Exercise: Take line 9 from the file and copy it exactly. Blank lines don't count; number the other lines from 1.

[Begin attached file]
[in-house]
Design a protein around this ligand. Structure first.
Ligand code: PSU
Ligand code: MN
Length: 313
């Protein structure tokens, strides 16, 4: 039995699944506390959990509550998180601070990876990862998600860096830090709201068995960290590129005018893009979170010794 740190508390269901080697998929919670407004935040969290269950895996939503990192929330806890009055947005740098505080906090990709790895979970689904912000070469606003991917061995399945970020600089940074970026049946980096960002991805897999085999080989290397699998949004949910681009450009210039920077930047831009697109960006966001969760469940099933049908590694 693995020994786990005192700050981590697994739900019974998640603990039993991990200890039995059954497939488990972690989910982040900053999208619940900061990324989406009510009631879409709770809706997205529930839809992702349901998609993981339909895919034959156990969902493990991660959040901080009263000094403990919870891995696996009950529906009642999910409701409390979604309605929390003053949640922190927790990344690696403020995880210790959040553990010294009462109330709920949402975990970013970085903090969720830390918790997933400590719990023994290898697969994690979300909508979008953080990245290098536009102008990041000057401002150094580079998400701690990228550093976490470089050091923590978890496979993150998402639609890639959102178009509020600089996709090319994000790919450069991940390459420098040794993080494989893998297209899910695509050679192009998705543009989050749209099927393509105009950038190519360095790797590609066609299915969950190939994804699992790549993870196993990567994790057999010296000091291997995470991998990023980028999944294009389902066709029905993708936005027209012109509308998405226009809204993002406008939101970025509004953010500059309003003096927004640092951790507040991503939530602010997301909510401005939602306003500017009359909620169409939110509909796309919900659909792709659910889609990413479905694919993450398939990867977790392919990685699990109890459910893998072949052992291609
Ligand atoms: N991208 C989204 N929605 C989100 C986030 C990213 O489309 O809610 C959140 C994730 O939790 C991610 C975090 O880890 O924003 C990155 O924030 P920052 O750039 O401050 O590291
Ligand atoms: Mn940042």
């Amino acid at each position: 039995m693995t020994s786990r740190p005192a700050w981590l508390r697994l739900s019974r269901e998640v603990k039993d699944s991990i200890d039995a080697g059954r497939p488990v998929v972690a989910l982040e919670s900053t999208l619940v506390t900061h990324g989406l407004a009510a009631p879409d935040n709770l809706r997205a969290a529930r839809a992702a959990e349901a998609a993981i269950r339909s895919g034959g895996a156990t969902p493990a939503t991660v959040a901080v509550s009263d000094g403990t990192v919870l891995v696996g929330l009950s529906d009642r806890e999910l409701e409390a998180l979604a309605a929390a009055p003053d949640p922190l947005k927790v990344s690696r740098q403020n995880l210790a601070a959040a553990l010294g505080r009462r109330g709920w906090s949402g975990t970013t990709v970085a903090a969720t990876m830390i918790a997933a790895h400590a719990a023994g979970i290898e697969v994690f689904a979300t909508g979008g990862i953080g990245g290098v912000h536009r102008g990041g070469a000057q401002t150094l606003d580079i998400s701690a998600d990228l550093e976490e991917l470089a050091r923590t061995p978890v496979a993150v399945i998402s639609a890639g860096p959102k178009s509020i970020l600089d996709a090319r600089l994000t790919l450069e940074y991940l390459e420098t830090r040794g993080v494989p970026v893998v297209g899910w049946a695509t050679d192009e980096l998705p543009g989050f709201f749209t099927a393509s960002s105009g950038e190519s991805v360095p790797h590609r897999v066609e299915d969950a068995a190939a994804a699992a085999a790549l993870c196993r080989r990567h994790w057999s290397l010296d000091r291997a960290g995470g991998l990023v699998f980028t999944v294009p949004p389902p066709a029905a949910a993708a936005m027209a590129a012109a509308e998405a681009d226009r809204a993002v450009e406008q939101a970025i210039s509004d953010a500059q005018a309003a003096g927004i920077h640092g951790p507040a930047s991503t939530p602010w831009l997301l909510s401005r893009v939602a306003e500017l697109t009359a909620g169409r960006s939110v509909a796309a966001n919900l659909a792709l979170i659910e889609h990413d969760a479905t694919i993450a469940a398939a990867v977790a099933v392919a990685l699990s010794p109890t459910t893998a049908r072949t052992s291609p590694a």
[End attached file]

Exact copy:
């Amino acid at each position: 039995m693995t020994s786990r740190p005192a700050w981590l508390r697994l739900s019974r269901e998640v603990k039993d699944s991990i200890d039995a080697g059954r497939p488990v998929v972690a989910l982040e919670s900053t999208l619940v506390t900061h990324g989406l407004a009510a009631p879409d935040n709770l809706r997205a969290a529930r839809a992702a959990e349901a998609a993981i269950r339909s895919g034959g895996a156990t969902p493990a939503t991660v959040a901080v509550s009263d000094g403990t990192v919870l891995v696996g929330l009950s529906d009642r806890e999910l409701e409390a998180l979604a309605a929390a009055p003053d949640p922190l947005k927790v990344s690696r740098q403020n995880l210790a601070a959040a553990l010294g505080r009462r109330g709920w906090s949402g975990t970013t990709v970085a903090a969720t990876m830390i918790a997933a790895h400590a719990a023994g979970i290898e697969v994690f689904a979300t909508g979008g990862i953080g990245g290098v912000h536009r102008g990041g070469a000057q401002t150094l606003d580079i998400s701690a998600d990228l550093e976490e991917l470089a050091r923590t061995p978890v496979a993150v399945i998402s639609a890639g860096p959102k178009s509020i970020l600089d996709a090319r600089l994000t790919l450069e940074y991940l390459e420098t830090r040794g993080v494989p970026v893998v297209g899910w049946a695509t050679d192009e980096l998705p543009g989050f709201f749209t099927a393509s960002s105009g950038e190519s991805v360095p790797h590609r897999v066609e299915d969950a068995a190939a994804a699992a085999a790549l993870c196993r080989r990567h994790w057999s290397l010296d000091r291997a960290g995470g991998l990023v699998f980028t999944v294009p949004p389902p066709a029905a949910a993708a936005m027209a590129a012109a509308e998405a681009d226009r809204a993002v450009e406008q939101a970025i210039s509004d953010a500059q005018a309003a003096g927004i920077h640092g951790p507040a930047s991503t939530p602010w831009l997301l909510s401005r893009v939602a306003e500017l697109t009359a909620g169409r960006s939110v509909a796309a966001n919900l659909a792709l979170i659910e889609h990413d969760a479905t694919i993450a469940a398939a990867v977790a099933v392919a990685l699990s010794p109890t459910t893998a049908r072949t052992s291609p590694a």